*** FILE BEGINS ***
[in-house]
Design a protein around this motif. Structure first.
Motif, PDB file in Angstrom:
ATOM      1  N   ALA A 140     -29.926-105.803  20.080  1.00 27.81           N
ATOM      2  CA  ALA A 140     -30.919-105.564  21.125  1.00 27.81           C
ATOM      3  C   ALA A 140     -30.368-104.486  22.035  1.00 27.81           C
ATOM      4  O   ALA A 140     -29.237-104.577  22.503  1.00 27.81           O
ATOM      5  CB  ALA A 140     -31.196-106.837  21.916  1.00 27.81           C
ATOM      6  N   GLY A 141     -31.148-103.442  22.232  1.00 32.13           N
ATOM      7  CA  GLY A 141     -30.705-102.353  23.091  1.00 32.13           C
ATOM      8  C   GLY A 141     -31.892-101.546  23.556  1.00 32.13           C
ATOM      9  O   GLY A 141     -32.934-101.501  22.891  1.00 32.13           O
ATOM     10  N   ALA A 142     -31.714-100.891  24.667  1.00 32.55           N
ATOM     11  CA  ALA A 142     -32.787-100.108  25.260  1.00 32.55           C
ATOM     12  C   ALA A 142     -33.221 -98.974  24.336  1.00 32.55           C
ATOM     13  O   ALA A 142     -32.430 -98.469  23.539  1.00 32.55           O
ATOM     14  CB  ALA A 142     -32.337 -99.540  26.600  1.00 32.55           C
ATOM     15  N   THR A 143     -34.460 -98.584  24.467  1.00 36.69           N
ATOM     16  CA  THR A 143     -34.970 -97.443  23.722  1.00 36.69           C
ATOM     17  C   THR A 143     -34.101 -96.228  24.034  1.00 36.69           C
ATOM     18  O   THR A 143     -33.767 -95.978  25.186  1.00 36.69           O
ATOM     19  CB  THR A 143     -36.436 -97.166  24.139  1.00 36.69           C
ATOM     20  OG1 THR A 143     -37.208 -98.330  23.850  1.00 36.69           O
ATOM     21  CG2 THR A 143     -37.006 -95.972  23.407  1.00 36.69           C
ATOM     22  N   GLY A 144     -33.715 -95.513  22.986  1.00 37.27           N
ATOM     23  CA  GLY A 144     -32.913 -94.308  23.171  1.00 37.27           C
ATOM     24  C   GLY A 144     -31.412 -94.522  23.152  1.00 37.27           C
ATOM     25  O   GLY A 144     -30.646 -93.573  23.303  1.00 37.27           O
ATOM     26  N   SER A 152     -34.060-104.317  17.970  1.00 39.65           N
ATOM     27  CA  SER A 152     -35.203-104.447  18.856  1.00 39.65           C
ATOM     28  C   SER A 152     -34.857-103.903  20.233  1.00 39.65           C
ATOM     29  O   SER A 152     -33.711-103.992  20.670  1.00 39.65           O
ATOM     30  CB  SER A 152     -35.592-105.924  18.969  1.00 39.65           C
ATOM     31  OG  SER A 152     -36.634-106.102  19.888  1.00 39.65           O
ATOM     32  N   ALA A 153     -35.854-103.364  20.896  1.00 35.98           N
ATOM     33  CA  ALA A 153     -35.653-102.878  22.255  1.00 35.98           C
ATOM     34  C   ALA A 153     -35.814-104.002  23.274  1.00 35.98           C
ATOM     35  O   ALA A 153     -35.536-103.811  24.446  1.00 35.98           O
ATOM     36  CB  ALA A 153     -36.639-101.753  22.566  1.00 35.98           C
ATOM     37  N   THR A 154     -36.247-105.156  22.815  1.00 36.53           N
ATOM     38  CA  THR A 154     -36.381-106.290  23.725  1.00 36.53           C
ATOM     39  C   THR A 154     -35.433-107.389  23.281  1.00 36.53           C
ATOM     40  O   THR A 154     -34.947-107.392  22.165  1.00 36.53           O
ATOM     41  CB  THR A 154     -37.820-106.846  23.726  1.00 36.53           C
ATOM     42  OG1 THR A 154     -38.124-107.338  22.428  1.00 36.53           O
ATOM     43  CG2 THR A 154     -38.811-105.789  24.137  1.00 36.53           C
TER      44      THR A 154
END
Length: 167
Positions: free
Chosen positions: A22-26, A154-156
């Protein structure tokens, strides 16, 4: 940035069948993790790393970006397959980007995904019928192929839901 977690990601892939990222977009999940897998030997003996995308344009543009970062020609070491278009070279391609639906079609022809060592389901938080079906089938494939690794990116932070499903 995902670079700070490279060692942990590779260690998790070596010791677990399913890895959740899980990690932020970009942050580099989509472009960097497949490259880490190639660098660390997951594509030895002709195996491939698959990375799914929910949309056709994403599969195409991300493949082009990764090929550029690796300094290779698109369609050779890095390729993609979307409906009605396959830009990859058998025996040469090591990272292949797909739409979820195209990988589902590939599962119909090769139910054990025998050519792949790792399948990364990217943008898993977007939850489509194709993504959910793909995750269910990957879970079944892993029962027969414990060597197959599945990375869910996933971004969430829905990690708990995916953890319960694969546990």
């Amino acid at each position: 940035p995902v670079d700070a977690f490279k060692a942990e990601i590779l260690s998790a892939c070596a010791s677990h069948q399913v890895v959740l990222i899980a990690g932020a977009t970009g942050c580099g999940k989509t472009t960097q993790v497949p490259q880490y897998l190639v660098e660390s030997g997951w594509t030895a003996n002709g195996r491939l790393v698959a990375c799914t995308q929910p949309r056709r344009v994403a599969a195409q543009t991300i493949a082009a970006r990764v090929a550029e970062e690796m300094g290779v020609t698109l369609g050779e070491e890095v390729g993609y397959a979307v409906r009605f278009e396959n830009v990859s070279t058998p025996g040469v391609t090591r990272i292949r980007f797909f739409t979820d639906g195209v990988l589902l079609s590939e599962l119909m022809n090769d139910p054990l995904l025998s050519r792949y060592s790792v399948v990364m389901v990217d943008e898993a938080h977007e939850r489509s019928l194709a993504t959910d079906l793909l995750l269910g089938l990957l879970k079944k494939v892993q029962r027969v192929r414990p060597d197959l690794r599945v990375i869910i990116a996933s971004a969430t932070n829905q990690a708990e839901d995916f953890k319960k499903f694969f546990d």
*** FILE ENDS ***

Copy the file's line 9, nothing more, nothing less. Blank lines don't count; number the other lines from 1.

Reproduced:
ATOM      6  N   GLY A 141     -31.148-103.442  22.232  1.00 32.13           N